A number of factors play into real estate commission plans, but ultimately, the type of real estate being sold is the biggest influence to shaping how commission plans are structured. In our Guide to Real Estate Commissions, we talked about the basic structure for real estate commissions including who is paid commission and the schedule in which those commissions are paid. However, as mentioned above, these variables depend largely on the type of properties being sold. This is especially true with commercial properties, which is a niche segment of real estate that follows a different pay structure than other real estate commissions.
How are Commercial Lease Commissions Determined?
Similar to regular brokers, commercial brokers are paid commission for each transaction that they facilitate. Whether they are representing the landlord or owner, or the tenant or buyer, the commission payout amount is determined by a mutual agreement between the broker and their client. For commercial property sales, this would be the buyer or seller. In the case of a lease agreement, it would mean the landlord or the tenant leasing the property.
There is no industry standard for the commission percentage that a broker may receive, due in part to Antitrust Laws. These laws are in place to ensure that commission rates are fair and mutually agreed upon between the client and their broker prior to any sale.
Commercial properties often require a lot more time and effort from the broker than traditional properties, therefore, commercial brokers can usually negotiate a larger commission percentage. In some cases, it can take several months and even up to a year or longer before a deal can be agreed upon by the seller and buyer.
Commission Percentages for Brokers
The commission is paid by the seller or property owner and the amount is only determined once the total price of the property has been negotiated and is agreed upon by all necessary stakeholders. The commission percentage is usually higher for low-valued properties and begins to decrease with high-valued properties.
Commercial leases will be calculated in one of two ways: a percentage of the total base rent a tenant will pay over their lease term; or as a dollar rate per square foot per year. These compensation calculation methods are utilized for both sales and lease agreements and average about 4-8% of the total transaction amount.
Commercial real estate brokers have a lot of freedom when it comes to setting their commission rates. Brokers can choose whatever rate they deem appropriate and they have the ability to change their rate based on the property that they are selling. Additionally, some brokers may choose to set a minimum commission amount for properties that are likely to have the sale price negotiated down or reduced. However, whatever rate the broker is asking for, they need the necessary stakeholders to agree on the commission price and sign a listing agreement to consent to the payment.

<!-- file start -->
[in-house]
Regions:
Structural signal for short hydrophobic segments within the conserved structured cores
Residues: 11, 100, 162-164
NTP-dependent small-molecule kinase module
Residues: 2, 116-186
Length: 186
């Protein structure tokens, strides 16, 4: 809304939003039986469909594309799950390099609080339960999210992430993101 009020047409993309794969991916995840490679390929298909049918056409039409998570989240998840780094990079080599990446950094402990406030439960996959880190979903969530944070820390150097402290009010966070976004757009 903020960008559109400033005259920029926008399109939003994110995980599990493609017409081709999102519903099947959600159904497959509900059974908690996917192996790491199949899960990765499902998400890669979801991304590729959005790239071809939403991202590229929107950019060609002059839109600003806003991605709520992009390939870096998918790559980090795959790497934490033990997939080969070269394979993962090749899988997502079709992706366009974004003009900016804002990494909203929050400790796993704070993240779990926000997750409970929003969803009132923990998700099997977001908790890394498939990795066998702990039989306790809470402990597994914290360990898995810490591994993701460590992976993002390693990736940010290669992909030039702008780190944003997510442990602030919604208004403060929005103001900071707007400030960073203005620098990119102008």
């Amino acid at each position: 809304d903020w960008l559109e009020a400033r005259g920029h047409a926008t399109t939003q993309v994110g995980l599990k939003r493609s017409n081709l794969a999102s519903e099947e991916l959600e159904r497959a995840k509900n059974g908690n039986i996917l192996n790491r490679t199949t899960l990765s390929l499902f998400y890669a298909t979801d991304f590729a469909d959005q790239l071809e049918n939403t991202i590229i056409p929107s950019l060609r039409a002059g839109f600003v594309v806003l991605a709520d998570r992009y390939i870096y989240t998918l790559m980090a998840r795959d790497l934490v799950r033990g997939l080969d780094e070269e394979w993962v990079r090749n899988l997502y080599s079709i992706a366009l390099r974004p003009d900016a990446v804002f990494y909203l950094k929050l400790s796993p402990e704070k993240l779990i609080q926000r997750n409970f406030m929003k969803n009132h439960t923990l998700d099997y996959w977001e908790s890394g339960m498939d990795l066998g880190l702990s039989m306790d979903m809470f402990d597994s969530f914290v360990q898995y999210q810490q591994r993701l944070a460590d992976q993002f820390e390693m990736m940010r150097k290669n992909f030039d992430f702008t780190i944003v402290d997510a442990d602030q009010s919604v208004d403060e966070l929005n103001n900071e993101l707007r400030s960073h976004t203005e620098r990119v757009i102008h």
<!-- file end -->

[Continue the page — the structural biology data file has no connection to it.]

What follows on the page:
Brokerage Commission Splits
The commission earned on a commercial lease transaction is split between the brokerage firm and the broker. The commission ratio will vary depending on the firm, however, a broker’s seniority and quota attainment are usually factors in determining their share of the commission. A 60/40 split between the broker and the firm is typical, with the broker receiving the larger cut.
It is also common for firms to determine the percentage a broker receives on a sliding scale or tiered commission basis. This would mean that the more business the broker brings into the firm, the higher portion of the commission they receive.
When are Commercial Lease Commissions Paid?
Commissions earned from each transaction will first go to the brokerage firm. After the firm receives the payment, the broker will be paid a percentage of the total commission earned and the firm will keep the rest.
While the expected payment schedule is to receive commissions upon closing the sale, in leasing transactions it can be divided into two separate payments with the first half being paid to the broker at the time the lease is signed and the second half paid after the tenant moves into the space. Or, there may be an agreement between the seller and the broker to space the commission payments out over the course of several months. As with the commission rate, the payment schedule is negotiable, but must be agreed upon prior to the sale in the listing agreement.
The turnaround time for commission payments is approximately 30 days after the sale or lease is executed. However, the actual payout to the broker depends on how quickly the brokerage firm is able to process these payments as they are received.
How to Manage Commercial Lease Commissions
In order to effectively manage all of the variables involved in commercial lease commissions, it’s important to have software that is reliable and agile. Core Commissions provides brokerage firms a flexible solution that is capable of integrating with multiple data sources to make tracking and reconciling payments across platforms simple and efficient.
Core’s single-button processing allows you to process commission cycles at any point once payment is received from a sale or lease agreement and simplifies broker commission splits for accurate payouts every time.